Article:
The Park Record editorial, December 17-20, 2011 | ParkRecord.com

The Park Record editorial, December 17-20, 2011

A perfect Christmas present: Hi Ute Ranch preserved

Santa Claus is delivering a particularly big gift to Summit County residents this year 1,300 acres of scenic foothills south of Interstate 80 just west of Kimball Junction. The gift completes the preservation of the Hi Ute Ranch, a small portion of which was protected in 2004.

The purchase agreement and preservation easement for the land in Three-Mile Canyon were made possible by several conservation organizations, a locally approved open space bond and the generosity of the current landowners.

As approved on Wednesday, Utah Open Lands has pledged at least $1.2 million of the $4 million asking price and the Summit County Council has agreed to contribute $2.8 million. Summit County’s portion will be drawn from the proceeds of a recent open-space bond supported by local residents.

The property, which is laden with critical wildlife habitat and laced with trails, would likely have become prime real estate for future development. But the members of the Buehner family, who own the land, are to be commended for their willingness to forgo potentially larger profits that could have been derived from breaking up the property to sell to the highest bidders and, instead, preserve it.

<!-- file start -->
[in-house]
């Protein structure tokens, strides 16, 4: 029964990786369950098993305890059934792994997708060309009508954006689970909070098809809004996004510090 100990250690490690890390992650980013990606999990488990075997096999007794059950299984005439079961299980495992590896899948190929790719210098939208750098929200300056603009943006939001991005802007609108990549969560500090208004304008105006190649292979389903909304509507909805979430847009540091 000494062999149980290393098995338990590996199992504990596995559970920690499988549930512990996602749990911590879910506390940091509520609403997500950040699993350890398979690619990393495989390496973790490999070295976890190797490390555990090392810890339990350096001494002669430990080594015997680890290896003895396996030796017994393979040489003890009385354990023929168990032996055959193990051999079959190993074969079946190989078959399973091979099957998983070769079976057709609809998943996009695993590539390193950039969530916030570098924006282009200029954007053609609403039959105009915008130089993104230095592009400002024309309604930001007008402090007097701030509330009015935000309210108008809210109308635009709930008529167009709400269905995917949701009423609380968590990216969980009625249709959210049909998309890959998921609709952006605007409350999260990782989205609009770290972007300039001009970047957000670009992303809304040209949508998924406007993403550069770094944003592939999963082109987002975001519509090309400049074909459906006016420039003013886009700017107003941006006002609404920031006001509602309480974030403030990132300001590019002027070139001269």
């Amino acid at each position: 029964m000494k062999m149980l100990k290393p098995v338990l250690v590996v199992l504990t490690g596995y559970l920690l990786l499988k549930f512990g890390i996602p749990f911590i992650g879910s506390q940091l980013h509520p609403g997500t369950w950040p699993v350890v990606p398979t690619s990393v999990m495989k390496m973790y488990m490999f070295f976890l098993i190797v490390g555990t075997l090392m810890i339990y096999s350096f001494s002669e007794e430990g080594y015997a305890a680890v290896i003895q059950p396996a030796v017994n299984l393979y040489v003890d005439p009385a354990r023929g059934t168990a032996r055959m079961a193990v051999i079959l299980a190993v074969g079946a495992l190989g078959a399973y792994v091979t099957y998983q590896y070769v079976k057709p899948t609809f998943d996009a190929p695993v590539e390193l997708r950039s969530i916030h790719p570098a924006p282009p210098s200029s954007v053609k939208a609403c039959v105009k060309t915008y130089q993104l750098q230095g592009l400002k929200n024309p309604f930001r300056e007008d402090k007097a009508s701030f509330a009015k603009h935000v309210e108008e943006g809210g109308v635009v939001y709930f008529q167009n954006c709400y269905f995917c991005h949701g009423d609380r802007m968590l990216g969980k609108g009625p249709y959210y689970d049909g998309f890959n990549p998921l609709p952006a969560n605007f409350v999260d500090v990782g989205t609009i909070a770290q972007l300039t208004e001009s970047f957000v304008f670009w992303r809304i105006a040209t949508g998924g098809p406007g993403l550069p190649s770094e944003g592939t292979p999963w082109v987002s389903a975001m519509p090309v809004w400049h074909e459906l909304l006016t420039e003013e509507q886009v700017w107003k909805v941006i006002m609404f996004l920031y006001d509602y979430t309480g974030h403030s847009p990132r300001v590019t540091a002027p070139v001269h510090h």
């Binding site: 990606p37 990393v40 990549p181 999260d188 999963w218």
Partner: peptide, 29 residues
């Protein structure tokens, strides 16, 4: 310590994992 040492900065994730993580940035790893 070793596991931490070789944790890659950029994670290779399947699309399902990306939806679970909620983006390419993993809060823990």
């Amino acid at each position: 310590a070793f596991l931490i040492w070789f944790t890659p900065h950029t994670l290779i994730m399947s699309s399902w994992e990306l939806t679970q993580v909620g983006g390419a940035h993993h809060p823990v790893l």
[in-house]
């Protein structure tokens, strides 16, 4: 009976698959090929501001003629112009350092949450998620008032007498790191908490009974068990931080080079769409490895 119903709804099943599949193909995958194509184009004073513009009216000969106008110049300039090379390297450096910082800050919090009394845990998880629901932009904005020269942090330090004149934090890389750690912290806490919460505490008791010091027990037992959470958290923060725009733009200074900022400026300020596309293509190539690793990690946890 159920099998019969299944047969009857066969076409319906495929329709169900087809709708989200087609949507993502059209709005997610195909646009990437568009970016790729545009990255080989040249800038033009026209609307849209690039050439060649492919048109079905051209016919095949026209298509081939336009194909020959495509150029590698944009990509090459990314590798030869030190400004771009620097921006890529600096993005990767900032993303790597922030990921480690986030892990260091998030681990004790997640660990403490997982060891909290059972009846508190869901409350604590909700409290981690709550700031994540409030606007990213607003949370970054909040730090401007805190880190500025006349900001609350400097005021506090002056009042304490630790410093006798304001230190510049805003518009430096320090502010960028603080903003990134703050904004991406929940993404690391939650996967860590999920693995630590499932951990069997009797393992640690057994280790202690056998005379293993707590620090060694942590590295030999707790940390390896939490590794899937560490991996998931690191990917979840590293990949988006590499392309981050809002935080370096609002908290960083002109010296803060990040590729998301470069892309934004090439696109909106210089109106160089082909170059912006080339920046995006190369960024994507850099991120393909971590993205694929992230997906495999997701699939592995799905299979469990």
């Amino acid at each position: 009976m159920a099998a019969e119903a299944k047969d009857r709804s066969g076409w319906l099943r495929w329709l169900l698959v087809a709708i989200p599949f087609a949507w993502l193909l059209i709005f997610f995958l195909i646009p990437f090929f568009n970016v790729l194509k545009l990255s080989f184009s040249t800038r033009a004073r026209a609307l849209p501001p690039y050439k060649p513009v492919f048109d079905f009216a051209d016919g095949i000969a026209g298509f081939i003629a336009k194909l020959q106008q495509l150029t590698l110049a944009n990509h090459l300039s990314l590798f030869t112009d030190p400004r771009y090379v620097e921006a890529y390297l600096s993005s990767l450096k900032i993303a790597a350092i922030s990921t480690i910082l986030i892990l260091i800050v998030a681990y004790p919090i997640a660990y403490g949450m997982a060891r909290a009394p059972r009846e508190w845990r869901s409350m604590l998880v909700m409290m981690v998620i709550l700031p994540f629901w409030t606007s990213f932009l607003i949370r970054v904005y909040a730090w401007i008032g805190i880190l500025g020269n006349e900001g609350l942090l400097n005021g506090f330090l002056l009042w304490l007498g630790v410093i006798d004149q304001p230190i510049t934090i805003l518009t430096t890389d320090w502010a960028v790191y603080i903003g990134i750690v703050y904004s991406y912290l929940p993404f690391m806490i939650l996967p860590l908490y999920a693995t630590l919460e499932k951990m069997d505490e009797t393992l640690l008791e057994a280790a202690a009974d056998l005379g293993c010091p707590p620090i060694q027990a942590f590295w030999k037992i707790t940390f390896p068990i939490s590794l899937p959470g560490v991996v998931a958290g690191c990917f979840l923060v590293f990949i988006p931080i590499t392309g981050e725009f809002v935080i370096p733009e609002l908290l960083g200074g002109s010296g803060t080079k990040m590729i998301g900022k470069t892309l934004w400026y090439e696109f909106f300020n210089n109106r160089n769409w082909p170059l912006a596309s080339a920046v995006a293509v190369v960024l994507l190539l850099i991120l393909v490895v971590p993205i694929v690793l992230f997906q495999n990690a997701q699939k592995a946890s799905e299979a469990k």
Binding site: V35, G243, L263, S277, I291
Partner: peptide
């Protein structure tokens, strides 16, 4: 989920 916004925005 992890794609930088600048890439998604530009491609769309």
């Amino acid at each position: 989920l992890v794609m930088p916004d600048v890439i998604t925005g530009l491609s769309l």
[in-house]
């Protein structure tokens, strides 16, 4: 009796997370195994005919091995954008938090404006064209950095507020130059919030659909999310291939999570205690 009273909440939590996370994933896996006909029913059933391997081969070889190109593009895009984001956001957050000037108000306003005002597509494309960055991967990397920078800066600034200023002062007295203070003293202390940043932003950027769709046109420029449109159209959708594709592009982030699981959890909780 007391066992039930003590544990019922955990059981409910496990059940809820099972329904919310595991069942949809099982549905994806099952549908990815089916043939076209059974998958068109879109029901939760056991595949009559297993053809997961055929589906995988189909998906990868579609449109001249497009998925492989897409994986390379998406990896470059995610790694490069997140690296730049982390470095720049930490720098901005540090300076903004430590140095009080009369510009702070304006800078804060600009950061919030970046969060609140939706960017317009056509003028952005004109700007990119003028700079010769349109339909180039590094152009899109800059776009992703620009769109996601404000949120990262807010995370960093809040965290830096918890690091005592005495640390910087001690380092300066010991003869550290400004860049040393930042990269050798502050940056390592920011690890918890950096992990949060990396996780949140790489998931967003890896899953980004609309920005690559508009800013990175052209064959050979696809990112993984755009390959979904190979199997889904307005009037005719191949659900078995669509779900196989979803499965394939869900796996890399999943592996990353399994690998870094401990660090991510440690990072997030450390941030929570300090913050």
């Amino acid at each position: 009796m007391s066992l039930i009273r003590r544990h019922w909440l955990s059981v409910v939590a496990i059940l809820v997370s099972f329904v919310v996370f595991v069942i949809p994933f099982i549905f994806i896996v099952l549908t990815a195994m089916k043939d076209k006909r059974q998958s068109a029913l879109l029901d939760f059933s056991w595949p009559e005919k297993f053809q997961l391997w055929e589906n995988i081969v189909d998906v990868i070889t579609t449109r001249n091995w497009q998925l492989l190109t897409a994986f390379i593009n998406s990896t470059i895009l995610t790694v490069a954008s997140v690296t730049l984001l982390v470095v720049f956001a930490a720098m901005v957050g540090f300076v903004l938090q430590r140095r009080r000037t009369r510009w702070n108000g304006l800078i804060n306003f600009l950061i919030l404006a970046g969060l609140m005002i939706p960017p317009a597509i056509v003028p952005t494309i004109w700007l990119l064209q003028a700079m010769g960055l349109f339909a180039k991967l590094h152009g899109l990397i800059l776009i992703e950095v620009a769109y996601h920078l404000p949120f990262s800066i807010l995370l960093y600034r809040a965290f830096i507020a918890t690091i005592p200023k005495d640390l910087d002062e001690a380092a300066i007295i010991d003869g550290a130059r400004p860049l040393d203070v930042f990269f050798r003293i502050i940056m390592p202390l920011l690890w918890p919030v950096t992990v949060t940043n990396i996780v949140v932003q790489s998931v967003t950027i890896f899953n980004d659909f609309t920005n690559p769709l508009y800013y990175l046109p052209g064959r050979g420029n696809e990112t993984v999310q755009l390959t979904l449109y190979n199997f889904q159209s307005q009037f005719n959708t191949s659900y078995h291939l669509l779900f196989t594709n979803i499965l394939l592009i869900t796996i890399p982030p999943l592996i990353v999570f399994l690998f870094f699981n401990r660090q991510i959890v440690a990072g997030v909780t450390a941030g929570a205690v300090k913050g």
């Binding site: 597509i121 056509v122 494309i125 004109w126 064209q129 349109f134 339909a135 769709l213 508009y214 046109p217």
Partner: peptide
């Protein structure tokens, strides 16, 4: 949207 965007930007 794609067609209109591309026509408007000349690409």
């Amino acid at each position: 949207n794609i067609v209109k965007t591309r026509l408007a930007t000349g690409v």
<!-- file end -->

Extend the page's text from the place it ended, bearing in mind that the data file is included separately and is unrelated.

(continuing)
Summit County voters should congratulate themselves, too, for making a short-term financial sacrifice to ensure their quality of life for the long term. Certainly future residents will appreciate every acre of open space as new subdivisions and commercial areas continue to encroach on their playgrounds.

This cooperative agreement between public and nonprofit conservation groups is just one of a number of local success stories in which disappearing ranches, farmlands and watersheds have been preserved. Local groups like Utah Open Lands and the Summit Land Conservancy have been hard at work educating landowners and government officials about structuring easements and tax breaks that make these kinds of agreements possible. Their work, in turn, has been supported by local residents whose donations help conservation groups spread the word.

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In another example of local support for land preservation, the Mountain Trails Foundation recently gave a portion of its windfall from the Park City Foundation’s LivePC GivePC Day to the Summit Land Conservancy. That wise and generous gesture, combined with the new open-space purchase, helps to ensure that hikers will have new vistas to discover on foot, or on bikes or skis, including those among the beautiful hills above the Hi Ute Ranch, for years to come.

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